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BMC Infect Dis. 2014 Dec 31;14:723. doi: 10.1186/s12879-014-0723-9.

Oropharyngeal and nasal Staphylococcus aureus carriage by healthy children.

Author information

1
Department of Pathophysiology and Transplantation, Pediatric Highly Intensive Care Unit, Università degli Studi di Milano, Fondazione IRCCS Ca' Granda Ospedale Maggiore Policlinico, Via Commenda 9, 20122, Milano, Italy. susanna.esposito@unimi.it.
2
Department of Pathophysiology and Transplantation, Pediatric Highly Intensive Care Unit, Università degli Studi di Milano, Fondazione IRCCS Ca' Granda Ospedale Maggiore Policlinico, Via Commenda 9, 20122, Milano, Italy. terranova.leonardo@gmail.com.
3
Department of Pathophysiology and Transplantation, Pediatric Highly Intensive Care Unit, Università degli Studi di Milano, Fondazione IRCCS Ca' Granda Ospedale Maggiore Policlinico, Via Commenda 9, 20122, Milano, Italy. alberto.zampiero@unimi.it.
4
Department of Pathophysiology and Transplantation, Pediatric Highly Intensive Care Unit, Università degli Studi di Milano, Fondazione IRCCS Ca' Granda Ospedale Maggiore Policlinico, Via Commenda 9, 20122, Milano, Italy. valentina.ierardi@hotmail.it.
5
Department of Pathophysiology and Transplantation, Pediatric Highly Intensive Care Unit, Università degli Studi di Milano, Fondazione IRCCS Ca' Granda Ospedale Maggiore Policlinico, Via Commenda 9, 20122, Milano, Italy. walterpeves@gmail.com.
6
Department of Epidemiology, IRCCS Istituto di Ricerche Farmacologiche Mario Negri, Milan, Italy. claudio.pelucchi@marionegri.it.
7
Department of Pathophysiology and Transplantation, Pediatric Highly Intensive Care Unit, Università degli Studi di Milano, Fondazione IRCCS Ca' Granda Ospedale Maggiore Policlinico, Via Commenda 9, 20122, Milano, Italy. nicola.principi@unimi.it.

Abstract

BACKGROUND:

As healthy children are the main reservoir of respiratory pathogens and the main cause of bacterial diffusion in the community, it could be interesting to investigate the type of screening that should be used during the early years of life in order to obtain a more precise estimate of Staphylococcus aureus circulation. The aim of this study was to evaluate oropharyngeal and nasal S. aureus carriage in otherwise healthy children and adolescents aged 6-17 years.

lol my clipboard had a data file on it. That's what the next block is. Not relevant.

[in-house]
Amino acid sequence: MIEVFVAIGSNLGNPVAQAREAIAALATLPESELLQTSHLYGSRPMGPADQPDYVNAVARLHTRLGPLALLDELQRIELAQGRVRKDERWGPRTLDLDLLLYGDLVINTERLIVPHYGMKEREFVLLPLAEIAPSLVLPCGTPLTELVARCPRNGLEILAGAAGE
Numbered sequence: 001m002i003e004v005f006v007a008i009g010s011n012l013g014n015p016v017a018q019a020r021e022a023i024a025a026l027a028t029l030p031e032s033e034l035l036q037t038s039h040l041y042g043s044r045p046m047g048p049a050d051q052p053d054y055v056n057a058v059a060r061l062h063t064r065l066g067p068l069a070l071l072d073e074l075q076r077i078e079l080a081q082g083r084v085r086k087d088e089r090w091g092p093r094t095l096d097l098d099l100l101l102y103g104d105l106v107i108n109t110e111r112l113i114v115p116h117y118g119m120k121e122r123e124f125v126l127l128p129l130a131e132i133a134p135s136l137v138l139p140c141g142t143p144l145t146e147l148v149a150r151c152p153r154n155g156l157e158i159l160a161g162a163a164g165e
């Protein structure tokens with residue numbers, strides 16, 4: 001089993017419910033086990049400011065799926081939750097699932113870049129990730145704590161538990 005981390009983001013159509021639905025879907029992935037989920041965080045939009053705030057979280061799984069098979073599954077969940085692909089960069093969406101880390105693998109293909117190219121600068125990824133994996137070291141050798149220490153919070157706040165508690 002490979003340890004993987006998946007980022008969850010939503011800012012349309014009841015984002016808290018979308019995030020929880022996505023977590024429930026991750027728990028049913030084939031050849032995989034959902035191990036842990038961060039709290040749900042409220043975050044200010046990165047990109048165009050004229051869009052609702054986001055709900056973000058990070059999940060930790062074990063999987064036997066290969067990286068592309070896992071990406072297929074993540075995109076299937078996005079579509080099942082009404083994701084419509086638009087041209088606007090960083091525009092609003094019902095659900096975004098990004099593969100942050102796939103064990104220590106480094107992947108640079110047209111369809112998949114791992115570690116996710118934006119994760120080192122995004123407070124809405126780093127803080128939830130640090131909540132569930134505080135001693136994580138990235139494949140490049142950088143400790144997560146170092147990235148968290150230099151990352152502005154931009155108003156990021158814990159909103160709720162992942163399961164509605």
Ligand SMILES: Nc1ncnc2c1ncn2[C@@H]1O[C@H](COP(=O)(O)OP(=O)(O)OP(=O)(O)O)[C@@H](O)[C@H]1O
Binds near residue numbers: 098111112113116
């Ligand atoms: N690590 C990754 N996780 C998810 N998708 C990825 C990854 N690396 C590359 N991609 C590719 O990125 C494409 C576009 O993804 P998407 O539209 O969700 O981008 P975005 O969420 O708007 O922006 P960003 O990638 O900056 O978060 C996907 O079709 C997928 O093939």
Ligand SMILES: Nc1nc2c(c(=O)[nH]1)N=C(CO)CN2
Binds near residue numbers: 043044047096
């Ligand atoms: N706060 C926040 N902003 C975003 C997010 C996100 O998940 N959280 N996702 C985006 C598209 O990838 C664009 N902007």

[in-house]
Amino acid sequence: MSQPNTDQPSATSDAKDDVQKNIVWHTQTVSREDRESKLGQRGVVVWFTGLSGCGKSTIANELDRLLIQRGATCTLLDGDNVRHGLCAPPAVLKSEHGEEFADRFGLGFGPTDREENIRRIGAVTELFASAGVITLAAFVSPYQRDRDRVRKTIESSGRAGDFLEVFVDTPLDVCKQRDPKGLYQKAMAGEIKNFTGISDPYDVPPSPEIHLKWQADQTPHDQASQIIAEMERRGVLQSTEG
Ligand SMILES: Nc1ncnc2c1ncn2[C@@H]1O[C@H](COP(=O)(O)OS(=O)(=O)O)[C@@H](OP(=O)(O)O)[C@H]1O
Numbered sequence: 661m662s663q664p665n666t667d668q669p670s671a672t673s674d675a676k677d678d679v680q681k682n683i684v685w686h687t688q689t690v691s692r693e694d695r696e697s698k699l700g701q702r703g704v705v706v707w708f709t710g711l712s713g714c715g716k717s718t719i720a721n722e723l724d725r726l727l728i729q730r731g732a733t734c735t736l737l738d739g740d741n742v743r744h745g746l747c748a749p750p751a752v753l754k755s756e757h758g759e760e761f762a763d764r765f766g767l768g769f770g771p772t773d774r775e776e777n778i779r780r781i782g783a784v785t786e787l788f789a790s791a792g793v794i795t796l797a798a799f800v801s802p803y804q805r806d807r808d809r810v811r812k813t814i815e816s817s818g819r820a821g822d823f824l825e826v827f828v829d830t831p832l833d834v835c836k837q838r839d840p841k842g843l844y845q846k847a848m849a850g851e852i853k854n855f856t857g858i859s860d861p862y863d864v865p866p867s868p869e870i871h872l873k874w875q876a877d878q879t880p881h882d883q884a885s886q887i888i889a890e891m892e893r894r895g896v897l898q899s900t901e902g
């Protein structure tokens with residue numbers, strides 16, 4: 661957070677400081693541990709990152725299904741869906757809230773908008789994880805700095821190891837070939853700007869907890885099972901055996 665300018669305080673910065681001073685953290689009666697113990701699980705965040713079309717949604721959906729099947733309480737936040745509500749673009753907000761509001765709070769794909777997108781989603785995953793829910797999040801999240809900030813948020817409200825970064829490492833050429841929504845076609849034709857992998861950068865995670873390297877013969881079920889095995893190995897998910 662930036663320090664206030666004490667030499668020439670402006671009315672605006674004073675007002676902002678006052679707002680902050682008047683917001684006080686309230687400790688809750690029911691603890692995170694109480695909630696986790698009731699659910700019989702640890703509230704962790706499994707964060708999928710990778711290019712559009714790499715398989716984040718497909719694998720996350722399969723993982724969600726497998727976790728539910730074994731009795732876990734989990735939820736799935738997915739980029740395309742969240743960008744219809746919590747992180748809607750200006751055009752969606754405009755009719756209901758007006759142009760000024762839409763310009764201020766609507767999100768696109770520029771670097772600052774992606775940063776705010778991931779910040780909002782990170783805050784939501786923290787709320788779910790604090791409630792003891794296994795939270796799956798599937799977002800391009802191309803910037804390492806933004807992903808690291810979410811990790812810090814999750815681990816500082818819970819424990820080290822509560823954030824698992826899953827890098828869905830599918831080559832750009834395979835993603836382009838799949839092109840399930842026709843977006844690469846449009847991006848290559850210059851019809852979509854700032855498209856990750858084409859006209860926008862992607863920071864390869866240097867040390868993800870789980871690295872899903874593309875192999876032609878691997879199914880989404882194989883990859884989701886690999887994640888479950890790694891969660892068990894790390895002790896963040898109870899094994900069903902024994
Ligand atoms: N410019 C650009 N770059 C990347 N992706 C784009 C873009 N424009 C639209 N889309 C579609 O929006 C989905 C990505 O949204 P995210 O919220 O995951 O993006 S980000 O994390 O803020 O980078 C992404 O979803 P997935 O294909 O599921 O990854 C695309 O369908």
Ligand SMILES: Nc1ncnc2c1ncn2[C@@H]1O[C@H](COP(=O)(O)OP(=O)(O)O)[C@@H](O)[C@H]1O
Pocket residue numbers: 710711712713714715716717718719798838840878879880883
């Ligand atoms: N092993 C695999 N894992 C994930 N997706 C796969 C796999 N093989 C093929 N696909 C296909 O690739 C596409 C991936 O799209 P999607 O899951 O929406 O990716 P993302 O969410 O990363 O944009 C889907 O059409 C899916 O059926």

METHODS:

The oropharyngeal and nasal samples were collected in December 2013 from 497 healthy students attending five randomly selected schools in Milan, Italy, using an ESwab kit, and S. aureus was identified using the RIDA®GENE methicillin-resistant S. aureus (MRSA) system.

RESULTS:

Two hundred and sixty-four subjects (53.1%) were identified as S. aureus carriers: 129 (25.9%) oropharyngeal carriers and 195 (39.2%) nasal carriers, of whom 60 (12.1%) were both oropharyngeal and nasal carriers. Oropharyngeal carriage increased with age (p < 0.001), whereas nasal carriage decreased. There was little or no agreement between oropharyngeal and nasal carriage in any of the age groups. MRSA was identified in only three cases (0.6%), always in nasal samples. There were no differences between the carriers and non-carriers in terms of the distribution of age, gender, ethnicity, the number of siblings in the household, exposure to passive smoking, previous clinical history, allergic sensitisation, or previous influenza, pneumococcal and meningococcal vaccinations. The frequency of male children was higher among the subjects with positive nasal and oropharyngeal swabs (66.7%) than among those with positive oropharyngeal swabs alone (46.4%; p = 0.02).

CONCLUSIONS:

The oropharyngeal carriage of mainly methicillin-sensitive S. aureus is frequent in otherwise healthy children, including a relatively high proportion of those without nasal colonisation. These findings highlight the importance of adding throat to nasal screening when monitoring the circulation of S. aureus in the community.

PMID:
25551464
PMCID:
PMC4299802
DOI:
10.1186/s12879-014-0723-9
[Indexed for MEDLINE]
Free PMC Article

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